Families of Junior Seau, others affected by CTE push for disease awareness, brain donation in Houston

Yahoo Sports Contributor
Shutdown Corner
Former <a class="link rapid-noclick-resp" href="/nfl/teams/sdg/" data-ylk="slk:San Diego Chargers">San Diego Chargers</a> linebacker Junior Seau was an area legend. (AP)
Former San Diego Chargers linebacker Junior Seau was an area legend. (AP)

There is generally no shortage of news conferences and events at the media center during Super Bowl week.

On Monday, there was one set for a first-time event: National CTE Awareness Day, spearheaded by family members of men whose lives were affected by chronic traumatic encephalopathy, the degenerative brain disease found to afflict a high number of former NFL players.

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One of the women involved in the event is Mary Seau, sister of the late Hall of Fame linebacker Junior Seau. After his suicide in 2012, Seau’s family had his brain investigated and he was found to have CTE. That led Mary on a quest for answers about the disease, which led her to start a foundation to promote CTE awareness, which included her giving talks in the family’s hometown of San Diego.

All of that led her to other families who had dealt with just what she was dealing with: the loss of a loved one who struggled with the symptoms of CTE – headaches, confusion, depression, memory loss, etc. – before their deaths.

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Some of those family members formed Faces of CTE, an initiative aimed at raising awareness and understanding, facilitating scientific progress and providing a support system for families who had loved ones affected by CTE.

“Junior is telling me that I need to speak for him,” Mary Seau told Vice Sports. “We want to let people know to take care of their brains. That the brain is the most important part of the body.”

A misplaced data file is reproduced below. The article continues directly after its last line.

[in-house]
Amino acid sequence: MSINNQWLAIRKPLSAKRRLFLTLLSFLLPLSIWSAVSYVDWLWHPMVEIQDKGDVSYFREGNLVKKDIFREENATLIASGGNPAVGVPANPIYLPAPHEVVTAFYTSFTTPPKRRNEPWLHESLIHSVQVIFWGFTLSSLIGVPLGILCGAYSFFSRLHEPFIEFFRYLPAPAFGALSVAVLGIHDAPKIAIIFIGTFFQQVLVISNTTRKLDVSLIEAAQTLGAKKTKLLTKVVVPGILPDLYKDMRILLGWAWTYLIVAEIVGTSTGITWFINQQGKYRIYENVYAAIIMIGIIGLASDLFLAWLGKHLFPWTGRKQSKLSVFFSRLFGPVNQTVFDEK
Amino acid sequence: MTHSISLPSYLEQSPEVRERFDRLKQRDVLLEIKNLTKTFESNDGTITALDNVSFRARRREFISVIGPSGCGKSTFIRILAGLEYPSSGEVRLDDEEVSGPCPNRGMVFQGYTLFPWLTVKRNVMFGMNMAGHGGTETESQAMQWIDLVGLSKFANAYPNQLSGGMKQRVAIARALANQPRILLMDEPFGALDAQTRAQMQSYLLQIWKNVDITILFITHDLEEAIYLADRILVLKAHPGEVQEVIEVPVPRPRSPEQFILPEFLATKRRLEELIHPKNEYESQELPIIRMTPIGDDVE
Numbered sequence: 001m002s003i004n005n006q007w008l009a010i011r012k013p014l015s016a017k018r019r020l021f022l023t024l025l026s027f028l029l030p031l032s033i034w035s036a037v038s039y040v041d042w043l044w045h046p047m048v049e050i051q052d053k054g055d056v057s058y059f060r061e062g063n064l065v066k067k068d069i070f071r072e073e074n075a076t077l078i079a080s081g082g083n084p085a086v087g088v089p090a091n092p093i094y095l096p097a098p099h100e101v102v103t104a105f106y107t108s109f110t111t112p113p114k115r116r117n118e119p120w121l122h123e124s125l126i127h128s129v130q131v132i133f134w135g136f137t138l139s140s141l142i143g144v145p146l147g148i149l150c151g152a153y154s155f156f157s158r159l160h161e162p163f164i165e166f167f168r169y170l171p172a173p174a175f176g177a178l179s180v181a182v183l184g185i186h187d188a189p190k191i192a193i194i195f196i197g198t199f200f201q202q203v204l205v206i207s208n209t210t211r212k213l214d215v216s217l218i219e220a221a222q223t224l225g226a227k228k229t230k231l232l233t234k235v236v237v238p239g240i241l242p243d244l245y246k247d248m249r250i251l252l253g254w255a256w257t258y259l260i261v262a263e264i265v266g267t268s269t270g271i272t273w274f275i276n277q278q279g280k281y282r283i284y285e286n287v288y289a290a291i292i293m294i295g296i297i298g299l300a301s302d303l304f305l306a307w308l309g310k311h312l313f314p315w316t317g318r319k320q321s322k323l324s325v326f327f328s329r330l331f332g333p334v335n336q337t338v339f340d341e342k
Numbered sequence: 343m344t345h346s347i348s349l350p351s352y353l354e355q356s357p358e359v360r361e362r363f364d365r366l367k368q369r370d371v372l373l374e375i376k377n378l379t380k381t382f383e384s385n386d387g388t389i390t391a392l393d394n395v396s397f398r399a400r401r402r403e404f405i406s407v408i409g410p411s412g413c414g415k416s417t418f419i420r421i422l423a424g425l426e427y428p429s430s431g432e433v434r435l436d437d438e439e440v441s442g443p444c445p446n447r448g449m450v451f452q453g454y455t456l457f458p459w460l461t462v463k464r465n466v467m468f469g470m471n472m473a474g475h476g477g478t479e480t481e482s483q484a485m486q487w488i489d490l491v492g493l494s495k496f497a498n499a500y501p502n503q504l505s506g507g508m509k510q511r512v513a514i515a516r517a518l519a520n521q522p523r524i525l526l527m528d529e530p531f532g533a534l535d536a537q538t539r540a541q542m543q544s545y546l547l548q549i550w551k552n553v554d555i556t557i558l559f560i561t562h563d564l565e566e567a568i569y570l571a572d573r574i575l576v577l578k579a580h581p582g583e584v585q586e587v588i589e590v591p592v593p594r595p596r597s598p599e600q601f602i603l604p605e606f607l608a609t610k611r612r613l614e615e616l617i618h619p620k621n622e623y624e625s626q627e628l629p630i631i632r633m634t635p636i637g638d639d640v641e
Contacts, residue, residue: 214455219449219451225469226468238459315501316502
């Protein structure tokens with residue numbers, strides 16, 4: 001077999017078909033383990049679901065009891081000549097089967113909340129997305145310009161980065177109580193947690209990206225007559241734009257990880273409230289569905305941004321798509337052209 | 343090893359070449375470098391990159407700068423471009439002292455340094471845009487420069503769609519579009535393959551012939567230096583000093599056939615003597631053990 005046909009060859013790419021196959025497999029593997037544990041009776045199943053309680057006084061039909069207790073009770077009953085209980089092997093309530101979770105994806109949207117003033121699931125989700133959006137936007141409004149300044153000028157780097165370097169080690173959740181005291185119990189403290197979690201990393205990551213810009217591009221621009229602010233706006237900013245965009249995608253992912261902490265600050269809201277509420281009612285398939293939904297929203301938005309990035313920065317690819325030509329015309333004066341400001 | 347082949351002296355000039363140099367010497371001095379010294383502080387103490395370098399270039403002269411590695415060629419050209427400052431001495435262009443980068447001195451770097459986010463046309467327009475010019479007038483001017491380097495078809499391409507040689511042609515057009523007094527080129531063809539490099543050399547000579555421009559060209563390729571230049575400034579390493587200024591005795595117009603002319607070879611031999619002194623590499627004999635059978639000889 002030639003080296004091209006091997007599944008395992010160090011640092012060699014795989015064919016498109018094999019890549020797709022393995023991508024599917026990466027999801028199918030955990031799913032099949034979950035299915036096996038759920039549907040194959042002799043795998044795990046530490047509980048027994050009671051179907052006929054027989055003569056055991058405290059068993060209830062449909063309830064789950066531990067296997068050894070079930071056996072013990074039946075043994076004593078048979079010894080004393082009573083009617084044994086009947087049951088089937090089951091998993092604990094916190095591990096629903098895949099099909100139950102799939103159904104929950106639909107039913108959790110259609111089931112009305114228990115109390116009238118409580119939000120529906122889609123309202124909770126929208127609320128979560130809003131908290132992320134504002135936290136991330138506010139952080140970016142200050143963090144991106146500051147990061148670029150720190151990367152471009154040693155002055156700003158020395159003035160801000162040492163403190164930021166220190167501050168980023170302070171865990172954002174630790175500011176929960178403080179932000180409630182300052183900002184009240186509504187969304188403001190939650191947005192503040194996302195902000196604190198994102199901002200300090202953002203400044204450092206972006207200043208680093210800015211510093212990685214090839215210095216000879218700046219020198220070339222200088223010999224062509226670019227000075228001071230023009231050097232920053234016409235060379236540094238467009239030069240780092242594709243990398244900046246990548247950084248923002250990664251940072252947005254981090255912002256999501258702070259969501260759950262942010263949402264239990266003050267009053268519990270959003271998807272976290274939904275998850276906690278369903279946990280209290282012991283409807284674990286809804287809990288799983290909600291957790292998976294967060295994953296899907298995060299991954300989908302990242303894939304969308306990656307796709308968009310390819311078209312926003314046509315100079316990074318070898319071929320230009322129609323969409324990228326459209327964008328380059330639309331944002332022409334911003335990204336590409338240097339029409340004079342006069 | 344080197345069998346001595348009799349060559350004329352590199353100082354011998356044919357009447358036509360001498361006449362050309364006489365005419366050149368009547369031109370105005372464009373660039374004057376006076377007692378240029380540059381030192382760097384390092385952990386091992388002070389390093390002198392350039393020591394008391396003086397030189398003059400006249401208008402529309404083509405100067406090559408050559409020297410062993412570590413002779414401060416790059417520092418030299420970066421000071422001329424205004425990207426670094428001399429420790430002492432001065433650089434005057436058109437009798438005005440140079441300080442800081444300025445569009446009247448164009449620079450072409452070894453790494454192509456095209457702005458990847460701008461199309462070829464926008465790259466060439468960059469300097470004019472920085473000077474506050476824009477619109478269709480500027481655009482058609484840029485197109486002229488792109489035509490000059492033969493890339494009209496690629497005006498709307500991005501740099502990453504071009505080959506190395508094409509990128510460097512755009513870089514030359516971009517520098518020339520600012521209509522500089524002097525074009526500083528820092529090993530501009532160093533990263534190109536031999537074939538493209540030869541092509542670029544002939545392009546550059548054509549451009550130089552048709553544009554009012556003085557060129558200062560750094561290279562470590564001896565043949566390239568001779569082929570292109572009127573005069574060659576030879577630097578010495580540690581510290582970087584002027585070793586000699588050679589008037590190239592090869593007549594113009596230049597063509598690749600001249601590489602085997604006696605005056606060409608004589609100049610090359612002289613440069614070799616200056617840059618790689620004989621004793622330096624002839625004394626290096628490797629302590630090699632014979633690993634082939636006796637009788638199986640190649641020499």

Faces of CTE, which is spearheaded by two women, Kimberly Archie and Debbie Pyka, who both had sons diagnosed with the disease, promoted National CTE Awareness Day at a Monday press conference in Houston, and will also have a book featuring first-person accounts from family members of CTE victims, a program to promote the playing of flag football for children under 14, and a partnership with the Mayo Clinic Brain Bank to encourage and facilitate brain donations, particularly from youth athletes and amateur athletes.

“What better place and time to do this than [in Houston] before the Super Bowl?” Archie said of the timing and location of the group’s event. “It’s a good reminder of the ultimate price of doing the business of playing football. This is a public health crisis, and [the NFL] shouldn’t forget it.”

On Sunday night, Mary Seau and other families gathered for dinner; Mary said the dinner was “therapeutic,” noting that one of Faces of CTE’s goals is to provide a way for affected families to connect and share their emotional journeys.

Mary, who saw first-hand what football did for her brother but also, ultimately, what it robbed him of, believes that talking to football fans and the families of football players is a necessary part of CTE awareness.

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“I’ve had a lot of angry mothers who tell me to stop talking about brain trauma, and coaches who think I’m trying to take their jobs away,” Seau said. “But I’m not trying to do that. I respect people who think it’s important for their child to play football. I’m just trying to show them that if there is trauma, here is how you can help your child and your family.

“For me, the sky was blue one morning, and then four hours later the sky went dark. I don’t want it to be like that for anyone else.”

Archie, a child sport safety advocate, said it’s important to realize that it isn’t just famous football players, like Junior Seau, who deal with CTE.

“Kids die of suicide, drug overdoses, reckless behavior, and parents don’t realize that CTE could be involved,” Archie said. “So we want to help the science along, be part of the solution instead of sitting around being frustrated. We’re tired of hearing that [the disease] is rare when it has rarely been looked for.”

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